From Goodreads: Filled with stunning parallels to today’s world, The Postmistress is a sweeping novel about the loss of innocence of two extraordinary women-and of two countries torn apart by war.
On the eve of the United States’s entrance into World War II in 1940, Iris James, the postmistress of Franklin, a small town on Cape Cod, does the unthinkable: She doesn’t deliver a letter. In London, American radio gal Frankie Bard is working with Edward R. Murrow, reporting on the Blitz. One night in a bomb shelter, she meets a doctor from Cape Cod with a letter in his pocket, a letter Frankie vows to deliver when she returns from Germany and France, where she is to record the stories of war refugees desperately trying to escape.
The residents of Franklin think the war can’t touch them- but as Frankie’s radio broadcasts air, some know that the war is indeed coming. And when Frankie arrives at their doorstep, the two stories collide in a way no one could have foreseen. The Postmistress is an unforgettable tale of the secrets we must bear, or bury. It is about what happens to love during wartime, when those we cherish leave. And how every story-of love or war-is about looking left when we should have been looking right.
Bought on Audible
Audio Narrator Rating: 5 (fantastic)
Story Rating: 3.25
What I Loved: The first 70% of this book was fantastic. The story centered around three women: Emma, Frankie, and Iris. The stories for each of three were so fantastically crafted and gloriously detailed. You really got invested in what happened to them and where their lives were heading. Frankie’s story specifically was so rich in detail that you felt like you were part of her journey to discover what was really happening surrounding the beginnings of WWII. At times, you could get so lost in the bombings in London and her train travel that it felt like a true story not a work of fiction. Emma’s story was so understated but perfect for her, that you felt like she could be someone that would be great to know. Iris was kind of the backbone of the story, the glue that just kind of held it all together. You just wanted to jump into this story and be part of these ladies lives.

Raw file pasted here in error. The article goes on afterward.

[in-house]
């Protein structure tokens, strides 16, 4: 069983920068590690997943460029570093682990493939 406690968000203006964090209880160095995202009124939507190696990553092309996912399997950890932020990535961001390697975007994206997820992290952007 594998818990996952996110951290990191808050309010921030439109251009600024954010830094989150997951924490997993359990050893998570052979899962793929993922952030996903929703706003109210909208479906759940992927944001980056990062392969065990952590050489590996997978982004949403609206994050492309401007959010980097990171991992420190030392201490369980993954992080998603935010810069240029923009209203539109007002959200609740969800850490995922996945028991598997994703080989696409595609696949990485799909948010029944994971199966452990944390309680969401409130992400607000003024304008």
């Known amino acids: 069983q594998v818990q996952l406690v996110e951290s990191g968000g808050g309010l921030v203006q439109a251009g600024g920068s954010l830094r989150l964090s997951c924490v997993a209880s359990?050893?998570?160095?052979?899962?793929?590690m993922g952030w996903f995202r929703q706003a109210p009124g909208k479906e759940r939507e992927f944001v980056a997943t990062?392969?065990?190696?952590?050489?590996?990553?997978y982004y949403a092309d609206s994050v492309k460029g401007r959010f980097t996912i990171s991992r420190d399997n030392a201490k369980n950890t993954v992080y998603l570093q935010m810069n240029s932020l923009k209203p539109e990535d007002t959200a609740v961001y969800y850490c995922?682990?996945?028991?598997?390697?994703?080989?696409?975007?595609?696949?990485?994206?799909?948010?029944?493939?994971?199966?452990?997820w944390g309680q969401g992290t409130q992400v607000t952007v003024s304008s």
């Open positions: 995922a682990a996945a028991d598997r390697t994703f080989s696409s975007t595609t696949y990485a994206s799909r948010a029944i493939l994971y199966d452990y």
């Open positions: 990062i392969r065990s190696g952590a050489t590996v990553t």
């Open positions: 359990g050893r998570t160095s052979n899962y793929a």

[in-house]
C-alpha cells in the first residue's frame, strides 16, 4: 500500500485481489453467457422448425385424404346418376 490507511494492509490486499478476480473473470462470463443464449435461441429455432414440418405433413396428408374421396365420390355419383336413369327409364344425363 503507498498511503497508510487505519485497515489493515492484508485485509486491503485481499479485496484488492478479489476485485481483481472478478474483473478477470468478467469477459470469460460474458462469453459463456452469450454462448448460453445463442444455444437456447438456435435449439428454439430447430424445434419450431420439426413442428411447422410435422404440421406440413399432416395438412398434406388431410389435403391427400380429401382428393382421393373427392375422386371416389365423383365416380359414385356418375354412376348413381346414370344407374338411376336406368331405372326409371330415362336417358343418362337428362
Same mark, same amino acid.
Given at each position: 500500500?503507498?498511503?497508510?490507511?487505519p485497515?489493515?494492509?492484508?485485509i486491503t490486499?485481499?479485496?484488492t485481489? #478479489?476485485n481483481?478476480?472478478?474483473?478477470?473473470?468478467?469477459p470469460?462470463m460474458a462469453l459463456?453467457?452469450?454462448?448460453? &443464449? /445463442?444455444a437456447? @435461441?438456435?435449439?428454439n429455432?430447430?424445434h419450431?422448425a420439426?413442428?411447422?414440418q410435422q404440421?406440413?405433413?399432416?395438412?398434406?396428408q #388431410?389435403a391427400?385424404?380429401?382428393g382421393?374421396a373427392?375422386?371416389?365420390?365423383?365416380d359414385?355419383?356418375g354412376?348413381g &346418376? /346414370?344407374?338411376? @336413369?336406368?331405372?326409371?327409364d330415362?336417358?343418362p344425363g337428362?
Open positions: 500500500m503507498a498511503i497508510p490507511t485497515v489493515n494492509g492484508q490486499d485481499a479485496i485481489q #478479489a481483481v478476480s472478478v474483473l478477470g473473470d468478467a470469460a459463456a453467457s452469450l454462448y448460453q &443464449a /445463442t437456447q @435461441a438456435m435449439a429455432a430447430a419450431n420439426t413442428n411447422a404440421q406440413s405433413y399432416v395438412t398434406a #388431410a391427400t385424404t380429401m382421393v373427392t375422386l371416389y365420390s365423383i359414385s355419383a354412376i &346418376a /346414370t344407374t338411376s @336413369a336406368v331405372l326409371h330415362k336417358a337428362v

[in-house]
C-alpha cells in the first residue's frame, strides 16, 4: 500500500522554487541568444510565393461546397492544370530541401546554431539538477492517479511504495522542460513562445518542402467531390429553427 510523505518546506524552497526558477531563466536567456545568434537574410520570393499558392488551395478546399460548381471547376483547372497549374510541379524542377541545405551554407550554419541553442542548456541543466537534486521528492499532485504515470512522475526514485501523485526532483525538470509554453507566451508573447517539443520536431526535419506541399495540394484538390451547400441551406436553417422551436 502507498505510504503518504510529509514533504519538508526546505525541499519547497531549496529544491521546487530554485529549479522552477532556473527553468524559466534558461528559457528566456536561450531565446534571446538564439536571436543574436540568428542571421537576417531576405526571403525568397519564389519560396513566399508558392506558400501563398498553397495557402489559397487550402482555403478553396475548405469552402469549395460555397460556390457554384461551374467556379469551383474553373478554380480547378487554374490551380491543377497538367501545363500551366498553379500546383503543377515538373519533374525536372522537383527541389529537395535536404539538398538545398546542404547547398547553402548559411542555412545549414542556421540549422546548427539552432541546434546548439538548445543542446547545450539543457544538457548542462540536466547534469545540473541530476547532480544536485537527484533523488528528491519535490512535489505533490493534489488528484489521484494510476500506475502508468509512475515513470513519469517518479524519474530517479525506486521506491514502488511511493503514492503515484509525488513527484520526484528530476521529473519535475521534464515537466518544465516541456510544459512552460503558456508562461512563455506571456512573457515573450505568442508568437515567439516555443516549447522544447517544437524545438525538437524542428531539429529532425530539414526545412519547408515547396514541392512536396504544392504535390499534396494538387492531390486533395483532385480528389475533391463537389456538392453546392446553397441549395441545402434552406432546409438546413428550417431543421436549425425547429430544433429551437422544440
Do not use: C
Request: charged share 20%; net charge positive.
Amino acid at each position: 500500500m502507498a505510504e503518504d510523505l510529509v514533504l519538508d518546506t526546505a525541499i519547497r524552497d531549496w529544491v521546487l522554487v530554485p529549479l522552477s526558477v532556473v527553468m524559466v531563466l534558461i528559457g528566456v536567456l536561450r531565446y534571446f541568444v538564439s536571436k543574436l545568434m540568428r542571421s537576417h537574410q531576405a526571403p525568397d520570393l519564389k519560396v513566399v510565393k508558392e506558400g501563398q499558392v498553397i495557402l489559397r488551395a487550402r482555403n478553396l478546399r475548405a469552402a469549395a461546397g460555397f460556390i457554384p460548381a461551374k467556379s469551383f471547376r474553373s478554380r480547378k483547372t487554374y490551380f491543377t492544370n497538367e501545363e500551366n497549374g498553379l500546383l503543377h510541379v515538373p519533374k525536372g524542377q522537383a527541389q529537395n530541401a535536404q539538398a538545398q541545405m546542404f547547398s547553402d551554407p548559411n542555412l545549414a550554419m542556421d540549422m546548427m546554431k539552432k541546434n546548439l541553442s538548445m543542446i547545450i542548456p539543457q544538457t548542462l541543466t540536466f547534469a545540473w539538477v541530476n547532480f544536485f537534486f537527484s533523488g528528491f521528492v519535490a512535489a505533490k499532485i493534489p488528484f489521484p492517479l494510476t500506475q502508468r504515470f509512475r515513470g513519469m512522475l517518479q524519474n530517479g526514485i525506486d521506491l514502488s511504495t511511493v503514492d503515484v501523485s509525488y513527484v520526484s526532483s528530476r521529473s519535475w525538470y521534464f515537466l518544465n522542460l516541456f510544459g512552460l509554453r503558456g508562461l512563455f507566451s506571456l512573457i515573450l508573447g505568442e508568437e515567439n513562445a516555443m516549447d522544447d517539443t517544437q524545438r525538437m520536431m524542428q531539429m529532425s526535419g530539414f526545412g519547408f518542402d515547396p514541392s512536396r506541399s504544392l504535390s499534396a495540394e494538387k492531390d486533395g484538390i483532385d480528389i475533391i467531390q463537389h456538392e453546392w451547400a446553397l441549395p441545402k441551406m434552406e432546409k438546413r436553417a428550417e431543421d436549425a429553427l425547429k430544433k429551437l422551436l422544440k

What I Liked: I can tell the author put a lot of work into researching people’s personal stories to pull details out that are seldom seen in books that are set during the WWII era. I also like that she set it at the beginning when America was still kind of oblivious to what was happening. She did not hold back on the prejudices and narrow-minded views that seemed to run rampant during this time. It was a very well crafted story.
Complaints: The last 30% of the book. I won’t give anything away but this is another case where the ending really ruined a book for me. It isn’t a bad ending but there was no payoff for such a really well crafted story. I felt like maybe the author ran out of room crafting the first part really well that she just kind of rushed through to the end. I would love to see what ended up on the editing floor because I bet that is the end that I would have liked.
Audio specific review:
During her non-reading time you can find her hanging with her rescue furr children named after book characters: Lizzie a beautiful cattle dog mix (Pound Pup), Cinder a beautiful Shep/Pitt mix (Pound Pup), and Minerva a beautiful Shep/Pitt mix (Foster Fail). Gathering with friends and family, attending conventions, watching movies/tv shows, rooting for the 49rs, and crocheting.
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